During the firing process, your piece will shrink. Art Clay shrinks a little less than PMC. Once you've used the product a few times you'll get used to how much it shrinks, it's easy to forget it'll shrink when you're forming your piece - and then you might feel slightly disappointed at the size. You should really make your piece 10% larger than you'd like to allow for this shrinkage.

Silver Clay Courses: Taster Day

If you're looking for silver clay courses and you've never used it before, then most will be offering what they call Taster Days. A Taster Day is 3-5 hours, during which time you'll cover everything you need - and you'll walk away with your own pieces of jewellery from the day. Typically you'll be able to make 3-4 small pendant-style items, or a matching pair of pieces that you can attach to ear wires as earrings.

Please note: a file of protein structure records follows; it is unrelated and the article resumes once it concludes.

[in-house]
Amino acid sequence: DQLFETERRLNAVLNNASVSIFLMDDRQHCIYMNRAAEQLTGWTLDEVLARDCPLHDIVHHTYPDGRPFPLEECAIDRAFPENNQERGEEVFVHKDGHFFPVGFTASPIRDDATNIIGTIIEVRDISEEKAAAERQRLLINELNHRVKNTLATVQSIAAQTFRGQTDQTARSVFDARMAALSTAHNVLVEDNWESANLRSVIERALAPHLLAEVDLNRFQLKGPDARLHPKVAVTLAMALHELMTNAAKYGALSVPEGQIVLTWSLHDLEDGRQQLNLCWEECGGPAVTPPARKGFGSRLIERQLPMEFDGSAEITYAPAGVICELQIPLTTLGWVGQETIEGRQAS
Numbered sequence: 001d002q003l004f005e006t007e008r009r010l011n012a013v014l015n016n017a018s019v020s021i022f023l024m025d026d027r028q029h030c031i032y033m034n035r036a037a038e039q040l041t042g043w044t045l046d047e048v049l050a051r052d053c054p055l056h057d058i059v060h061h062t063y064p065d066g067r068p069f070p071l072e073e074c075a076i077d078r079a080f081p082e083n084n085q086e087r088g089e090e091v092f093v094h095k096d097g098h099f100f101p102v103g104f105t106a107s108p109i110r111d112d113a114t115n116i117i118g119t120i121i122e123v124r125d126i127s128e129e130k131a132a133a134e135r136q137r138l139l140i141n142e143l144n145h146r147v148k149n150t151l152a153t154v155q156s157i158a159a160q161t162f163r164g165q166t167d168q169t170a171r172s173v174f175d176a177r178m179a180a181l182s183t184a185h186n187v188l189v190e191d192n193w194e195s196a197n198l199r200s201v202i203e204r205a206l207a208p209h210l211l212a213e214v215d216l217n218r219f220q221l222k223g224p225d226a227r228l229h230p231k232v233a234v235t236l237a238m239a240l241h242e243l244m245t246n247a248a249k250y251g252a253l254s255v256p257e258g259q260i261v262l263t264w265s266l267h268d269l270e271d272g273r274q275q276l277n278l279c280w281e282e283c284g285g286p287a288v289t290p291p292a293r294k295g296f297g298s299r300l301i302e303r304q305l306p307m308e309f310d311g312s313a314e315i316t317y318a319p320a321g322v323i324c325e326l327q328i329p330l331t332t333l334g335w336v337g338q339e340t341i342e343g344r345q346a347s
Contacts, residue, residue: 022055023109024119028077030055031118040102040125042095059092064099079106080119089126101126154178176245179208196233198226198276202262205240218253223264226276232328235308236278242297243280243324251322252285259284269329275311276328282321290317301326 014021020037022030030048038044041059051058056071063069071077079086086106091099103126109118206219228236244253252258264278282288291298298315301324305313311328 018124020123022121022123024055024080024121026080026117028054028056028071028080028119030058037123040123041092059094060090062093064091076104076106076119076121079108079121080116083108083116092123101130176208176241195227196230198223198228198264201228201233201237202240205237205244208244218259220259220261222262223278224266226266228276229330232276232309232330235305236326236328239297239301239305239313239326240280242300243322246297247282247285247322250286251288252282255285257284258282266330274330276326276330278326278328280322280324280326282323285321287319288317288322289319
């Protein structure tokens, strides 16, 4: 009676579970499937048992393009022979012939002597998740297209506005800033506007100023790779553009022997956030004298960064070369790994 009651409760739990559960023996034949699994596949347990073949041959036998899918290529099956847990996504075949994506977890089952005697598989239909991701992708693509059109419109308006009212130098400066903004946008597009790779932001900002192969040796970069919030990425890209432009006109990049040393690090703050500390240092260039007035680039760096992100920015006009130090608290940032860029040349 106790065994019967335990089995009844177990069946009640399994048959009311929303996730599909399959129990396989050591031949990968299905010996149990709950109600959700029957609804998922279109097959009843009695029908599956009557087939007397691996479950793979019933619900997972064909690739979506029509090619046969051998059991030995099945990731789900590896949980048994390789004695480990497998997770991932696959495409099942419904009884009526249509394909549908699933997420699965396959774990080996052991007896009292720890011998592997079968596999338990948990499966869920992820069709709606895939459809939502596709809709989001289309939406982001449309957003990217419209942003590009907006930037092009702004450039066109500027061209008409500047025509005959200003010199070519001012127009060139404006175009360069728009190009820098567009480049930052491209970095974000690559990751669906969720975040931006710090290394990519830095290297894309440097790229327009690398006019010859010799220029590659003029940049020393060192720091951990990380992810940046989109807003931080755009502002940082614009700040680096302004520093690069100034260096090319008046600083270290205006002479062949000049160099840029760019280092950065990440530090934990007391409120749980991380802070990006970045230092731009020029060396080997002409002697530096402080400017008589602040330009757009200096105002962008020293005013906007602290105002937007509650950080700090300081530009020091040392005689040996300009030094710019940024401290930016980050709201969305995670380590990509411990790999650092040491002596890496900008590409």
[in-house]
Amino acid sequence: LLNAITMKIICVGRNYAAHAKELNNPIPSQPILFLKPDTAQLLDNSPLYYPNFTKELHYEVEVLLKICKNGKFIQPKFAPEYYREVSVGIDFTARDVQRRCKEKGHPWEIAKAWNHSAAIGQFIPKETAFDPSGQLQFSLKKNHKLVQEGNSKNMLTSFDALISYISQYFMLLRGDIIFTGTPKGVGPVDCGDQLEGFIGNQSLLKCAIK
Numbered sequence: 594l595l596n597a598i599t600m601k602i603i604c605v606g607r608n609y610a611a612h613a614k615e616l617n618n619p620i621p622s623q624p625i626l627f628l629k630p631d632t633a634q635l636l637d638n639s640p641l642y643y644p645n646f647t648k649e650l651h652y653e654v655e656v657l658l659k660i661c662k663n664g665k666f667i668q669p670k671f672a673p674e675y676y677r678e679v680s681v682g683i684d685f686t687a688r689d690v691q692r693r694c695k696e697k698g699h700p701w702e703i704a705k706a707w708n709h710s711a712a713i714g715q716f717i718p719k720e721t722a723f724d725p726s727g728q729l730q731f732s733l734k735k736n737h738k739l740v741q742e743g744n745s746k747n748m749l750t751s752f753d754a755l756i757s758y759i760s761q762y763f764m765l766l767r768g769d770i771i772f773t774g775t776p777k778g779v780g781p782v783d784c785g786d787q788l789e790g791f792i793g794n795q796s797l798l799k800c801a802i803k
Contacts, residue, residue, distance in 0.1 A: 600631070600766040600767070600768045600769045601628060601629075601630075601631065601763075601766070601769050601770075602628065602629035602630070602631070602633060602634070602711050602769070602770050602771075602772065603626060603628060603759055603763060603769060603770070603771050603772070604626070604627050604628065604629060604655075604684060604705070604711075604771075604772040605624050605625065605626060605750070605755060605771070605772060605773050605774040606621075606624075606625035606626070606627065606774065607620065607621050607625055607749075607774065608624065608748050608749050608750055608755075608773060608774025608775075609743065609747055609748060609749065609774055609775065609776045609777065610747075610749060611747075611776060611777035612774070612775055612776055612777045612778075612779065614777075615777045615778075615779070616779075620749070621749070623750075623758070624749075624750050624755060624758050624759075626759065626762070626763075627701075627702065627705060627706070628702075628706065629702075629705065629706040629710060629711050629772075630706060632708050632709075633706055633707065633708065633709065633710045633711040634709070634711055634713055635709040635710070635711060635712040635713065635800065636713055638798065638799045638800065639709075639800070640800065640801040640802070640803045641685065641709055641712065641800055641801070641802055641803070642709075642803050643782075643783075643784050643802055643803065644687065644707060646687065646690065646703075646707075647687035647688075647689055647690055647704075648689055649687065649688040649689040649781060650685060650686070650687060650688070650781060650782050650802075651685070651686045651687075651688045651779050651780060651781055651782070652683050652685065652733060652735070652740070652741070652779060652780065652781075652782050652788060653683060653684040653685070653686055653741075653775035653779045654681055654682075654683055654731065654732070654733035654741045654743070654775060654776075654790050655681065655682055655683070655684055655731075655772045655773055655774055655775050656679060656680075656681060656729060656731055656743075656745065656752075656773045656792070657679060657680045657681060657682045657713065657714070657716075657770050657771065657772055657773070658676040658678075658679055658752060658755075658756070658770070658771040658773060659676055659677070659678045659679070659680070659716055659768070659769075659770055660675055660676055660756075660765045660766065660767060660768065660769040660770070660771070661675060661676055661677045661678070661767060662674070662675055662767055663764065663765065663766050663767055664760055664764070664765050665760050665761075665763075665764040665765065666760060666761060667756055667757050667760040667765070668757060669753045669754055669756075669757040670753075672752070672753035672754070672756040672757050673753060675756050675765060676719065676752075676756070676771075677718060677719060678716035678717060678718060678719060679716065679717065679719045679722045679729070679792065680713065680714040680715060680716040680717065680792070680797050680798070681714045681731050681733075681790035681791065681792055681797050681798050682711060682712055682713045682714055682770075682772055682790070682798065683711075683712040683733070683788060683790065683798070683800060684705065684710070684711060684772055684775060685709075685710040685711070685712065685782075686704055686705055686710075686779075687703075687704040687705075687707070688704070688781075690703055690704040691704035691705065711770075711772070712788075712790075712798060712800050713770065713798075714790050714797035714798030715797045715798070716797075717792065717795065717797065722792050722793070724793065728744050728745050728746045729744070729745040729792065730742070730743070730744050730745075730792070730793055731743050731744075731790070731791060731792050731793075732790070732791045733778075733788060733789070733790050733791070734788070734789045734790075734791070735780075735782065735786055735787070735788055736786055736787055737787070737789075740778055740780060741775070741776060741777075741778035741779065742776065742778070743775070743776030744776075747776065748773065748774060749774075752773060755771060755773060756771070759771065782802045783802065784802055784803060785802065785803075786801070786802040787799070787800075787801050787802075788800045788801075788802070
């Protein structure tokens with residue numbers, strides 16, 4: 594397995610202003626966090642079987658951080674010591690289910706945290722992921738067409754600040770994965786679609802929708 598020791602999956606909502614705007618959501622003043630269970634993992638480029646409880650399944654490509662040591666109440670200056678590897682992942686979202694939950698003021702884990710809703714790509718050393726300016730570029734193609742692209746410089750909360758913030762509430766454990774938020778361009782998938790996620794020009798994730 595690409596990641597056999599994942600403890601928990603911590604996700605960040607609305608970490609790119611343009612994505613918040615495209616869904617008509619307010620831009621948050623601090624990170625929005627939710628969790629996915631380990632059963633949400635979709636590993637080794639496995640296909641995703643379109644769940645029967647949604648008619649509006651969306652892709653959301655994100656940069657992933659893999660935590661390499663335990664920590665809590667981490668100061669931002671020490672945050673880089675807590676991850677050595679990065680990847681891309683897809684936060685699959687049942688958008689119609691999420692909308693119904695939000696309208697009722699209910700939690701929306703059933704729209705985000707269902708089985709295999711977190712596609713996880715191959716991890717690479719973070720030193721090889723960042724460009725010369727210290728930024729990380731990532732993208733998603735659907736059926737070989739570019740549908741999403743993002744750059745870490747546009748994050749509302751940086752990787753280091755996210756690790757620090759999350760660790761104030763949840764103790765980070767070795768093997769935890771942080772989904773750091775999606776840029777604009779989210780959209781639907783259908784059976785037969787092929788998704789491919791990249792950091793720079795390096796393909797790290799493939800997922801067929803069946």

7 grams of PMC looks like about just over half of a stick of chewing gum.

Silver clay is sold in sealed packets - do not be fooled by the size of the packet, once you open it, most of it is the leaflet! On the Taster Day I went on, a 7gram packet of silver clay was included in the price.

From the 7 grams I made two small stars to wear as earrings, a fold over pendant (just needs to be strung onto a silver necklace), a shell pendant and a twisted and textured cylinder which will make a pendant if I add a jump ring to it.

Silver Clay - What's it For?

Apart from being fun to make your own jewellery, there are a lot of business uses for it.

A lot of people want to make their own jewellery, yet end up buying supplies from the same places everybody else does.